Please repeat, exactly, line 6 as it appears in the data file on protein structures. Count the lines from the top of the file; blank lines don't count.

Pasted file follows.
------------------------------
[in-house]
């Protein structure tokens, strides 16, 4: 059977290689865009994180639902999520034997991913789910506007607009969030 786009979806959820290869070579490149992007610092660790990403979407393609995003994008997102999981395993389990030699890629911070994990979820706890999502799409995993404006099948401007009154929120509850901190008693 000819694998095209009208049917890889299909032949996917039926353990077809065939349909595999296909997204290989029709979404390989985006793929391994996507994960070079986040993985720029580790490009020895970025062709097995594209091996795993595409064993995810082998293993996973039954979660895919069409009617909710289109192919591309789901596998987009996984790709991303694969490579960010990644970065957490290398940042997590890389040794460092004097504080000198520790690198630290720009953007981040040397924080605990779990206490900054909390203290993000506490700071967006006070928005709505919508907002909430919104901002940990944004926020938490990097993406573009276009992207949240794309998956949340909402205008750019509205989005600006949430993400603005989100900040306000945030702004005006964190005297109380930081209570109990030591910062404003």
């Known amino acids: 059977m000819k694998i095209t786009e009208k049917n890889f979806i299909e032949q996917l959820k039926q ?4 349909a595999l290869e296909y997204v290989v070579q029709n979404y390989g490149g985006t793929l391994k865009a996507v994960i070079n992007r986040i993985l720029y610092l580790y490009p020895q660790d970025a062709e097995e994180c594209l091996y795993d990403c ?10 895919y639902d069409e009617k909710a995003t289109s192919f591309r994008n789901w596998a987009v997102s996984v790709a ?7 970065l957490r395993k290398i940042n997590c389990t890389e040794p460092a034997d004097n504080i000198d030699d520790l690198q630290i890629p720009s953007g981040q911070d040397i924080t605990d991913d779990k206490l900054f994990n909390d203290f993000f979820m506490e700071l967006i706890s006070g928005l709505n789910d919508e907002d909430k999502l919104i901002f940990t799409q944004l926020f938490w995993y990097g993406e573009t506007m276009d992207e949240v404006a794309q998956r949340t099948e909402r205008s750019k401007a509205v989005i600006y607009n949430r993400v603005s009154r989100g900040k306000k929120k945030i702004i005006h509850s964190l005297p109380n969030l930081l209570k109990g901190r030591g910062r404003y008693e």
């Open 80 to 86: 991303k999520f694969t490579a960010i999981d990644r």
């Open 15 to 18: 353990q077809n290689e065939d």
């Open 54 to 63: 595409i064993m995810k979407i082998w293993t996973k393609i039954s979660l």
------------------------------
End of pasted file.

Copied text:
């Open 54 to 63: 595409i064993m995810k979407i082998w293993t996973k393609i039954s979660l």